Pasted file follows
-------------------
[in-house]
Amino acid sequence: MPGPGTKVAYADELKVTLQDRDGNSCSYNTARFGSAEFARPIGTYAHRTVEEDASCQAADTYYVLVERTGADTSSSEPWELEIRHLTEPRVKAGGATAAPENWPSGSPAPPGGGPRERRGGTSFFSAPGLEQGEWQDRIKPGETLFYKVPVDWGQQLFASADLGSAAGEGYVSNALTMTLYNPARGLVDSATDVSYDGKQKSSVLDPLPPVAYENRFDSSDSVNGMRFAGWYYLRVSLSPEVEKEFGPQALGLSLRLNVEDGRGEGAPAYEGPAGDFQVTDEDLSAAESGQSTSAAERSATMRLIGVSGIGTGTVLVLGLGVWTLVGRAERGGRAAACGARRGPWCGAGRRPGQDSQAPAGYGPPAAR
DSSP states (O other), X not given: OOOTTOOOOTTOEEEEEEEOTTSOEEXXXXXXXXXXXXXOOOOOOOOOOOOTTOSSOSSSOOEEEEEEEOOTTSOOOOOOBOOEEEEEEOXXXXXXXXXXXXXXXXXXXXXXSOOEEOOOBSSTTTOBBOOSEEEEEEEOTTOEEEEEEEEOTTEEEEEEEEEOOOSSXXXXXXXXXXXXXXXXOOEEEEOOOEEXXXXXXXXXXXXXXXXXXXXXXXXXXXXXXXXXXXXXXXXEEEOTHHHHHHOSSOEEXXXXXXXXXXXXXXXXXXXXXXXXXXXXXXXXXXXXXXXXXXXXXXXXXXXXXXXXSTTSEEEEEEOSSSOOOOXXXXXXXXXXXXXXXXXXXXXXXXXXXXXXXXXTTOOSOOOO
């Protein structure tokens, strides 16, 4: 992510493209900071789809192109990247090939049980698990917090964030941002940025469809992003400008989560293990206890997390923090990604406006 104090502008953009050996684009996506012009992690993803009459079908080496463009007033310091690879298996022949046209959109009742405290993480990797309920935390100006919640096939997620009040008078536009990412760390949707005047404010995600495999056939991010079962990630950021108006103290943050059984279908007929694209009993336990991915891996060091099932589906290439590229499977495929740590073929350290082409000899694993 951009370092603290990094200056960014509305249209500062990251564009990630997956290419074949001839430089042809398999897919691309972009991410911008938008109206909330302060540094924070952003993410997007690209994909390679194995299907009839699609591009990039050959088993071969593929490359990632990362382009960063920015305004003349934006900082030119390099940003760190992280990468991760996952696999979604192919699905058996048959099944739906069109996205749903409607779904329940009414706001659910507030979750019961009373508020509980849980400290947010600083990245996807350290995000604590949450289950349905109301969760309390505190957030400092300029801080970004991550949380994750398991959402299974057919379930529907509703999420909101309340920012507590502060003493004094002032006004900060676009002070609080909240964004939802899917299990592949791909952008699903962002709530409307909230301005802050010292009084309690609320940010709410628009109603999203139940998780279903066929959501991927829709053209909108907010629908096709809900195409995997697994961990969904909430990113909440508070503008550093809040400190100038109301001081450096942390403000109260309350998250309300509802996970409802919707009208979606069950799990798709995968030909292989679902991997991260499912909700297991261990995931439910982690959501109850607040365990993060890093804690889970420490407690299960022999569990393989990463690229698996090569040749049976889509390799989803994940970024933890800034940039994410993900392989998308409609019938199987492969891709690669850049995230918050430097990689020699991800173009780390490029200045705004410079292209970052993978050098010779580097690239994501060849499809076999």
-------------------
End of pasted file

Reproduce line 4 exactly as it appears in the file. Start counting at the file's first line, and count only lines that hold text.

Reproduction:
């Protein structure tokens, strides 16, 4: 992510493209900071789809192109990247090939049980698990917090964030941002940025469809992003400008989560293990206890997390923090990604406006 104090502008953009050996684009996506012009992690993803009459079908080496463009007033310091690879298996022949046209959109009742405290993480990797309920935390100006919640096939997620009040008078536009990412760390949707005047404010995600495999056939991010079962990630950021108006103290943050059984279908007929694209009993336990991915891996060091099932589906290439590229499977495929740590073929350290082409000899694993 951009370092603290990094200056960014509305249209500062990251564009990630997956290419074949001839430089042809398999897919691309972009991410911008938008109206909330302060540094924070952003993410997007690209994909390679194995299907009839699609591009990039050959088993071969593929490359990632990362382009960063920015305004003349934006900082030119390099940003760190992280990468991760996952696999979604192919699905058996048959099944739906069109996205749903409607779904329940009414706001659910507030979750019961009373508020509980849980400290947010600083990245996807350290995000604590949450289950349905109301969760309390505190957030400092300029801080970004991550949380994750398991959402299974057919379930529907509703999420909101309340920012507590502060003493004094002032006004900060676009002070609080909240964004939802899917299990592949791909952008699903962002709530409307909230301005802050010292009084309690609320940010709410628009109603999203139940998780279903066929959501991927829709053209909108907010629908096709809900195409995997697994961990969904909430990113909440508070503008550093809040400190100038109301001081450096942390403000109260309350998250309300509802996970409802919707009208979606069950799990798709995968030909292989679902991997991260499912909700297991261990995931439910982690959501109850607040365990993060890093804690889970420490407690299960022999569990393989990463690229698996090569040749049976889509390799989803994940970024933890800034940039994410993900392989998308409609019938199987492969891709690669850049995230918050430097990689020699991800173009780390490029200045705004410079292209970052993978050098010779580097690239994501060849499809076999």